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Navy SEAL Demoted For Taking Photo With Corpse Of ISIS Fighter

A jury sentenced Navy SEAL Special Operations Chief Edward Gallagher on Wednesday, one day after he was acquitted on the most serious charges he faced in connection with the death of a 17-year-old ISIS fighter in U.S. custody.
John Gastaldo
A jury sentenced Navy SEAL Special Operations Chief Edward Gallagher on Wednesday, one day after he was acquitted on the most serious charges he faced in connection with the death of a 17-year-old ISIS fighter in U.S. custody.

Updated at 4:13 p.m. ET

A military jury has sentenced Navy SEAL Special Operations Chief Edward Gallagher to a demotion and reduction in pay for posing with a dead prisoner's body on the battlefield. A jury convicted Gallagher of that crime on Tuesday but acquitted him of charges that he murdered the captive ISIS fighter.

The jury also sentenced Gallagher to four months' confinement — the maximum allowed — but he won't serve any additional time because he already spent 201 days confined to the brig while awaiting trial. The sentence also includes partial pay for four months, which was effectively reduced to two months because of time served.

Out of all the charges Gallagher faced, reporter Steve Walsh of member station KPBS said, posing with a prisoner's corpse "is the only charge that cannot be accompanied by a dishonorable discharge."

At Wednesday's sentencing hearing, Gallagher accepted responsibility for his actions, Walsh reported from the courtroom.

The prosecutor did not seek any additional confinement for Gallagher, instead asking for a demotion "from E7 down to E6," Walsh tweeted.

Although Gallagher avoided a prison sentence, his demotion will affect both his salary and his pension, after his service hits the 20-year mark.

Gallagher, 40, is a 19-year veteran and a Bronze Star recipient. When the incidents that were in question occurred in 2017, he was serving his eighth deployment.

Several hours before the sentence was announced, President Trump said via Twitter, "Congratulations to Navy Seal Eddie Gallagher, his wonderful wife Andrea, and his entire family. You have been through much together. Glad I could help!"

A response shortly afterward appeared on the Gallaghers' website devoted to the case: "Thank you Mr. President @realdonaldtrump for all you have done for our family." It included a screenshot of the president's message and featured the hashtag #TRUMP2020.

Soon afterward, Gallagher and his wife, Andrea Gallagher, were seen entering a San Diego courtroom where his sentence would be decided.

Trump showed an interest in the case earlier this year when he posted a tweet saying that Gallagher would be released from restrictive custody "In honor of his past service to our Country."

The most serious charge in the case centered on a 17-year-old ISIS fighter who had been wounded and died in U.S. custody. Fellow SEALs testified that Gallagher stabbed the prisoner in the neck — but one of those witnesses drastically changed his story at trial, shocking the courtroom by saying that he, not Gallagher, actually killed the prisoner.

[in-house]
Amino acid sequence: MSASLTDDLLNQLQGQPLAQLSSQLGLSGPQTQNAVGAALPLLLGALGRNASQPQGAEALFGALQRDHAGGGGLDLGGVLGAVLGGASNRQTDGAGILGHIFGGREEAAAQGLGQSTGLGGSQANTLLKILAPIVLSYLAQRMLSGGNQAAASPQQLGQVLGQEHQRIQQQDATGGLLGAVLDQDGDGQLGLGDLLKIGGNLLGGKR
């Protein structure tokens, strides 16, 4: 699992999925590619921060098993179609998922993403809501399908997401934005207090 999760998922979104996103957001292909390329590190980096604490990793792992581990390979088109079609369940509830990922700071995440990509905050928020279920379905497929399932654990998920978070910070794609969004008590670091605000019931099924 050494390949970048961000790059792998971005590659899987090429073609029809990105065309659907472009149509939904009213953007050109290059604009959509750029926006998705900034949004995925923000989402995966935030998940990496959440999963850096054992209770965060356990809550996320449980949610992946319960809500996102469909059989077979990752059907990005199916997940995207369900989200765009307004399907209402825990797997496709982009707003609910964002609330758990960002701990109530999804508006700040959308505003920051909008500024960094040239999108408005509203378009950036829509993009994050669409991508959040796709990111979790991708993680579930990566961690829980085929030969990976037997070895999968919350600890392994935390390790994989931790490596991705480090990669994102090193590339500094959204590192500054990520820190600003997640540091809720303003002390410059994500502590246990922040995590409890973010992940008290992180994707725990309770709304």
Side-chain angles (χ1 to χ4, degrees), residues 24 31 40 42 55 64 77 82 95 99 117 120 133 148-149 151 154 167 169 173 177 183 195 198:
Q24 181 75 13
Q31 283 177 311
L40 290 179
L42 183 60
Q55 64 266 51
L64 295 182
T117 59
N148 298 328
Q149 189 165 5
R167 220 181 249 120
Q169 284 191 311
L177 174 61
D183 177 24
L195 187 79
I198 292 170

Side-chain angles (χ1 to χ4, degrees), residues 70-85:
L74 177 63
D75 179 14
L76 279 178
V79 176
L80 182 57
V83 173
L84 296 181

Special Warfare Operator 1st Class Corey Scott told the court that he blocked the prisoner's breathing tube and killed him as an act of mercy after Gallagher stabbed him.

Gallagher, a sniper and medic, had also been accused of shooting unarmed Iraqi civilians, including an elderly man and a school-age girl in Mosul. He was acquitted on those charges as well.

Prosecutors had urged the jury to convict Gallagher based in part on text messages he sent about the dead ISIS fighter, along with a photo of the corpse. In one message, he said, "Good story behind this. Got him with my hunting knife."

The SEAL's defense team said the photos were a normal part of the dark humor among service members. And they said junior members of Gallagher's platoon had turned against him because they didn't like his leadership style.

Gallagher's case has exposed rifts in the secretive SEAL community of special operators — a schism that the Navy Times highlighted in April when it laid out some of the details of the accusations against Gallagher.

Drawing on Naval Criminal Investigative Service files and legal records it had obtained, the Navy Times said some of the SEALs in Gallagher's unit wanted to block him from a promotion or a possible Silver Star honor. The news outlet cited NCIS interviews in which the SEALs reportedly said Gallagher had bragged about killing dozens or even hundreds of people on each of his deployments.

Witnesses have said Gallagher recited his reenlistment oath near the ISIS detainee's body. According to the Navy Times, a lead petty officer from the platoon told NCIS agents that he viewed the reenlistment ceremony as "the most disgraceful thing he had ever seen."

In another unusual twist in the case, the judge removed the lead prosecutor, Navy Cmdr. Christopher Czaplak, who admitted to sending a digital tracking device to defense attorneys and a Navy Times editor who was covering the case, in an attempt to trace leaks to the media.

Copyright 2021 NPR. To see more, visit https://www.npr.org.

Bill Chappell is a writer and editor on the News Desk in the heart of NPR's newsroom in Washington, D.C.
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